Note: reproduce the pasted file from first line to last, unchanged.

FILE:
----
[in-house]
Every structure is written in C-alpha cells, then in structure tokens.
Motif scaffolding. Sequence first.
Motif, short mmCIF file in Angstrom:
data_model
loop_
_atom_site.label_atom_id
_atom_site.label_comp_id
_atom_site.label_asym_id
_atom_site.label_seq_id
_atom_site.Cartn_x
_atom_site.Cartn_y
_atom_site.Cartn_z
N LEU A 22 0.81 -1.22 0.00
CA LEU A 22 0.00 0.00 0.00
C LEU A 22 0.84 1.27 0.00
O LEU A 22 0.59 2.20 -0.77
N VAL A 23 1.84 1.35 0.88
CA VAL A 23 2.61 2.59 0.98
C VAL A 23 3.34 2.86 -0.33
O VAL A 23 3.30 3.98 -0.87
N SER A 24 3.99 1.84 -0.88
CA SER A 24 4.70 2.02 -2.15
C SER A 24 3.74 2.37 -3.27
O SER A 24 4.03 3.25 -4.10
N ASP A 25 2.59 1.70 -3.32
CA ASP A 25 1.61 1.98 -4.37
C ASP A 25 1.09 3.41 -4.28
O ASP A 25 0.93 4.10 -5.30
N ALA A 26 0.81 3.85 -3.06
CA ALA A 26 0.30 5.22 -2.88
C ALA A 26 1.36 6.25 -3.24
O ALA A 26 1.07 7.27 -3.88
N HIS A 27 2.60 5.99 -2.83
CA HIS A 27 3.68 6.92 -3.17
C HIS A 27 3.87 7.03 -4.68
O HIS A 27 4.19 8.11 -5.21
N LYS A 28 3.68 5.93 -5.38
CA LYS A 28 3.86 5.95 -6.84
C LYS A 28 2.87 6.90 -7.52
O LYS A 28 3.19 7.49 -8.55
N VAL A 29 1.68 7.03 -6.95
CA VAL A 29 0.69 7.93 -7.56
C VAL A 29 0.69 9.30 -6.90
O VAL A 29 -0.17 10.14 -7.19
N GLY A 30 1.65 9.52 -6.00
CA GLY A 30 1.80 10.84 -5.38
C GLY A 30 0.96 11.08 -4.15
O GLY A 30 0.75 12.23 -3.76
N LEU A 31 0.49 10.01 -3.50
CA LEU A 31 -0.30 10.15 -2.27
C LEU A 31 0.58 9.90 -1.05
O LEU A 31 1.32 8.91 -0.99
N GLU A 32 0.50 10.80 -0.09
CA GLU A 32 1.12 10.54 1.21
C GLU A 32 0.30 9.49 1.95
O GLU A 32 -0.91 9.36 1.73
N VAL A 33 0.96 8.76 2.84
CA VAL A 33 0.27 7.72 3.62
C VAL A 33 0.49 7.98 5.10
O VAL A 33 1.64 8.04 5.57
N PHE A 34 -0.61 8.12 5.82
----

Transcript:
[in-house]
Every structure is written in C-alpha cells, then in structure tokens.
Motif scaffolding. Sequence first.
Motif, short mmCIF file in Angstrom:
data_model
loop_
_atom_site.label_atom_id
_atom_site.label_comp_id
_atom_site.label_asym_id
_atom_site.label_seq_id
_atom_site.Cartn_x
_atom_site.Cartn_y
_atom_site.Cartn_z
N LEU A 22 0.81 -1.22 0.00
CA LEU A 22 0.00 0.00 0.00
C LEU A 22 0.84 1.27 0.00
O LEU A 22 0.59 2.20 -0.77
N VAL A 23 1.84 1.35 0.88
CA VAL A 23 2.61 2.59 0.98
C VAL A 23 3.34 2.86 -0.33
O VAL A 23 3.30 3.98 -0.87
N SER A 24 3.99 1.84 -0.88
CA SER A 24 4.70 2.02 -2.15
C SER A 24 3.74 2.37 -3.27
O SER A 24 4.03 3.25 -4.10
N ASP A 25 2.59 1.70 -3.32
CA ASP A 25 1.61 1.98 -4.37
C ASP A 25 1.09 3.41 -4.28
O ASP A 25 0.93 4.10 -5.30
N ALA A 26 0.81 3.85 -3.06
CA ALA A 26 0.30 5.22 -2.88
C ALA A 26 1.36 6.25 -3.24
O ALA A 26 1.07 7.27 -3.88
N HIS A 27 2.60 5.99 -2.83
CA HIS A 27 3.68 6.92 -3.17
C HIS A 27 3.87 7.03 -4.68
O HIS A 27 4.19 8.11 -5.21
N LYS A 28 3.68 5.93 -5.38
CA LYS A 28 3.86 5.95 -6.84
C LYS A 28 2.87 6.90 -7.52
O LYS A 28 3.19 7.49 -8.55
N VAL A 29 1.68 7.03 -6.95
CA VAL A 29 0.69 7.93 -7.56
C VAL A 29 0.69 9.30 -6.90
O VAL A 29 -0.17 10.14 -7.19
N GLY A 30 1.65 9.52 -6.00
CA GLY A 30 1.80 10.84 -5.38
C GLY A 30 0.96 11.08 -4.15
O GLY A 30 0.75 12.23 -3.76
N LEU A 31 0.49 10.01 -3.50
CA LEU A 31 -0.30 10.15 -2.27
C LEU A 31 0.58 9.90 -1.05
O LEU A 31 1.32 8.91 -0.99
N GLU A 32 0.50 10.80 -0.09
CA GLU A 32 1.12 10.54 1.21
C GLU A 32 0.30 9.49 1.95
O GLU A 32 -0.91 9.36 1.73
N VAL A 33 0.96 8.76 2.84
CA VAL A 33 0.27 7.72 3.62
C VAL A 33 0.49 7.98 5.10
O VAL A 33 1.64 8.04 5.57
N PHE A 34 -0.61 8.12 5.82